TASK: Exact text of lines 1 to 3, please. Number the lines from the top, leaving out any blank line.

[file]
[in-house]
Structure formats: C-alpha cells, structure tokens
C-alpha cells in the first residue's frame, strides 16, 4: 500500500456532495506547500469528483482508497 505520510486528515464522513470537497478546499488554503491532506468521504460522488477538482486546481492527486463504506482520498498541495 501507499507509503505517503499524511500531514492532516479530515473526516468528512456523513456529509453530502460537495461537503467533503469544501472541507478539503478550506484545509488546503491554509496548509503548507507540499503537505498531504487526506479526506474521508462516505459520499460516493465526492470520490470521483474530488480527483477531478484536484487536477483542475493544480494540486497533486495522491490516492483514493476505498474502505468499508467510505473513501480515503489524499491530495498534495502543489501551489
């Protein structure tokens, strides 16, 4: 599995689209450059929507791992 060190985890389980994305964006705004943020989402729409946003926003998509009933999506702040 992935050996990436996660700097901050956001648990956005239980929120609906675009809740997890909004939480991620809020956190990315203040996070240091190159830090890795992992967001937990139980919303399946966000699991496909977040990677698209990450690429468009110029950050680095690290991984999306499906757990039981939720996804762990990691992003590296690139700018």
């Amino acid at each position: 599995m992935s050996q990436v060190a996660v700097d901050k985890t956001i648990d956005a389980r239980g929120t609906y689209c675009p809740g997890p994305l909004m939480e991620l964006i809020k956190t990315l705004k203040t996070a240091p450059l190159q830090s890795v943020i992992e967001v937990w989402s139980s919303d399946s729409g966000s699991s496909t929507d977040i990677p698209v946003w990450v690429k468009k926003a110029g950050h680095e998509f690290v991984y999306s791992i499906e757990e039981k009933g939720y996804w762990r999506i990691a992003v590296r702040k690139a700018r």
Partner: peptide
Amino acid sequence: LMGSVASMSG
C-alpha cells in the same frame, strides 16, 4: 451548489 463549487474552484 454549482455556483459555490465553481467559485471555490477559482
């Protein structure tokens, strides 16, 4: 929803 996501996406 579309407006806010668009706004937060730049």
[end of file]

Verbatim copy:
[in-house]
Structure formats: C-alpha cells, structure tokens
C-alpha cells in the first residue's frame, strides 16, 4: 500500500456532495506547500469528483482508497 505520510486528515464522513470537497478546499488554503491532506468521504460522488477538482486546481492527486463504506482520498498541495 501507499507509503505517503499524511500531514492532516479530515473526516468528512456523513456529509453530502460537495461537503467533503469544501472541507478539503478550506484545509488546503491554509496548509503548507507540499503537505498531504487526506479526506474521508462516505459520499460516493465526492470520490470521483474530488480527483477531478484536484487536477483542475493544480494540486497533486495522491490516492483514493476505498474502505468499508467510505473513501480515503489524499491530495498534495502543489501551489